It took four minutes for three Columbus North officials to put out a school auditorium fire using hand-held extinguishers.
But it’s taken a professional cleaning service 11 weeks and $1.6 million dollars to return the auditorium into a condition where it can again be used.
The Judson Erne auditorium has reopened, just in time for the school’s upcoming musical of “Kiss Me Kate.”
Shuttered after a Dec. 5 fire damaged about 35 of the auditorium’s 1,067 seats, extensive smoke and soot damage also contributed to the repair time and cost.
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A month ago, scaffolding covered the auditorium floor, allowing cleanup crews from Servpro — a water and fire damage cleanup and restoration company — to reach the highest portions of the facility, where they worked to clear away smoke damage from the decking and supported ceiling.
Auditorium seats not touched by the brief fire were removed and placed into storage to clear a path for workers to move freely inside the theater. But with the cleanup done and the scaffolding removed, all of the undamaged auditorium seats have again been secured in place.
Also gone are the filtration units and fans used in the auditorium and surrounding hallways as part of the cleanup effort.
About 2,000 costume pieces and 2,000 damaged props had to be thrown out, some of which had been around before the auditorium was built in 1985, North High School theater manager and drama coach John Johnson said.
The school also had to rent sets for the March 3-5 musical, and new props were ordered, Johnson said.
In addition, stage curtains and other items inside the auditorium were cleaned, while most of the auditorium lights were replaced with LED lighting, Johnson said.
The district’s insurance carrier has picked up costs tied to the cleanup, said Jim Roberts, superintendent of the Bartholomew Consolidated School Corp., with the district responsible for paying a $50,000 deductible.
Students were allowed back inside the auditorium Feb. 17, giving them time to build some sets for the upcoming production.
Reopening of the theater has been a relief for them, not to mention planners for other upcoming events including a high school choir concert, a Columbus Indiana Philharmonic concert, dance recitals and other events.
North students were chomping at the bit to get back inside the auditorium, with more than 100 of them involved in “Kiss Me Kate,” a musical production of Shakespeare’s “Taming of the Shrew” set in 1948.
Until getting the all-clear sign, 55 cast members rehearsed in a large group-instruction room, Johnson said.
Emily Sipes, a junior who takes on the dual role of Lilli Vanessi in “Kiss Me Kate” and Katherine in “Taming of the Shrew,” said it has been difficult for performers to move from one space to another.
However, the lack of sets, backdrops and side stages during practices gave students such as sophomore Lydia Hammons a chance to adapt to a new working atmosphere. Overall, she said she was able to manage well, despite some frustration at times.
Heather Sturgill, a senior who is in the dance ensemble part of the show, said her biggest challenge was not being with other cast members while rehearsing.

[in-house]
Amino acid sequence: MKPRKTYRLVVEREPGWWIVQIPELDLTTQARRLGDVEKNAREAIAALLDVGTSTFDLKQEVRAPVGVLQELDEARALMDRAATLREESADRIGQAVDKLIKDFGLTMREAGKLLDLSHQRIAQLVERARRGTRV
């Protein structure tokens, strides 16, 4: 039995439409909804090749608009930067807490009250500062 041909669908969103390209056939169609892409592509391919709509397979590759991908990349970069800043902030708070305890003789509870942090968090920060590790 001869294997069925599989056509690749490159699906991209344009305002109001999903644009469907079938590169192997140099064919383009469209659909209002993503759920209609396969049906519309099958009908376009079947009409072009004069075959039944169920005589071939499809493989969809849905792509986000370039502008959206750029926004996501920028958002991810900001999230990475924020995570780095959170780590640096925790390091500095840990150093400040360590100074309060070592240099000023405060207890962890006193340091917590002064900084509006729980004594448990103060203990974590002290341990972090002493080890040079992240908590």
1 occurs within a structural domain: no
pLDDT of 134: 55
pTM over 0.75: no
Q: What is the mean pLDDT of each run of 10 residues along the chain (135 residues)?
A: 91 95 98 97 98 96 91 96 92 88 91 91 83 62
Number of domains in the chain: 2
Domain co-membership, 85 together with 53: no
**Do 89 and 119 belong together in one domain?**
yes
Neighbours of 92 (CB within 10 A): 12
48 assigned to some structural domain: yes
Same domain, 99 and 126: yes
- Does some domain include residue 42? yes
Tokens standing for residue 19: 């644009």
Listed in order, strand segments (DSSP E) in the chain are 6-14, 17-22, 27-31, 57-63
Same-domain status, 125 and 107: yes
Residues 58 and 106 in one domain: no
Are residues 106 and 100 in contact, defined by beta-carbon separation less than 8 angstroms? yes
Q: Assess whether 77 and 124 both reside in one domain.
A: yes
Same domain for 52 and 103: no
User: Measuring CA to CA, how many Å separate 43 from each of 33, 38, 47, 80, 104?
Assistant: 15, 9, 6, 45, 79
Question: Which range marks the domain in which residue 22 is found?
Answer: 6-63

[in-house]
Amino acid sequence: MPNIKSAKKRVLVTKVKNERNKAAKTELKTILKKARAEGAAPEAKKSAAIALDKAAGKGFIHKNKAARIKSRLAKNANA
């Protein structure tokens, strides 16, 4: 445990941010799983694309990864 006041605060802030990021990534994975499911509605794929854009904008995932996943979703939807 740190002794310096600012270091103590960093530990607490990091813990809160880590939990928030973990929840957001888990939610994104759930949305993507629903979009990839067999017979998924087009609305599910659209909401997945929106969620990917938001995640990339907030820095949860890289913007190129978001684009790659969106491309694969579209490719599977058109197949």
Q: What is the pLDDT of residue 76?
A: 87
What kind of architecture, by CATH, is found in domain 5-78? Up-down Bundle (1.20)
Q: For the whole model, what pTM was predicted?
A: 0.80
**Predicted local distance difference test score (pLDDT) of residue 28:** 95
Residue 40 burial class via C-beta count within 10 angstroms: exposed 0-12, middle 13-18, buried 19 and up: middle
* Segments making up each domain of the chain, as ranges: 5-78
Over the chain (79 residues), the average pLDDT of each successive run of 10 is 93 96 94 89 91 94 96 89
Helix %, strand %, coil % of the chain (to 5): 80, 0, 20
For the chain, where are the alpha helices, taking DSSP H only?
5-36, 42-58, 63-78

“Once we’re finally in there, I think we’ll feel very good about the show and everything,” Sturgill said.
Johnson said the closure of the auditorium also made it more difficult for him to direct “Kiss Me Kate,” referring to a lack of control over visual elements tied to the show. However, Johnson said he is happy to get back into the auditorium, which won’t look much different to audience members who attend the opening production — except for a gap that now exists where damaged seating was removed.
Work completed for reopening of Erne Auditorium is just the first phase of a facility overhaul, however, Johnson said.
Five complete rows of seats — with either 13 or 14 to a row — on the right side of the theater, as seen from the stage, were removed and will not be filled in for now, leaving a large gap in theater seating.
The back few rows of chairs could not be moved up because all of the seating is designed at a particular pitch — and the bolts match only those spots, Johnson said.
Despite initial optimism, matching replacement seats could not be found. Five entire rows of seats were removed because the seats are constructed together, he said. For safety reasons, partial rows could not be put back into place, he said.
Bartholomew Consolidated School Corp. plans to replace all of the North auditorium seats with new ones — which had a 12-week delivery date — this summer.
Seat replacement will cost $145,000, with new light fixtures costing $35,000, both covered by the district’s insurance, Superintendent Jim Roberts said.
North Principal David Clark went with assistant principal John Green and Columbus Police Department resource officer Eric Stevens, assigned to the high school, to grab fire extinguishers before they entered the auditorium the morning of Dec. 5.
Clark said the three walked into a lot of smoke, using three fire extinguishers to put out the fire, about three-fourths of the way into the audience.
The three were walking out of the auditorium as Columbus firefighters arrived at the school within four minutes of the alarm.
1985: Year Judson Erne Auditorium opened.
70: Numbers of seats in 1,067-capacity auditorium removed after Dec. 5 fire.
2,000: Number of costume pieces and damaged props that were ruined by the fire and had to be thrown out.
11: Number of weeks required to make auditorium repairs and complete project.
1.6 million: Dollars required to repair auditorium from impacts of fire.
50,000: Cost in dollars of school district insurance deductible.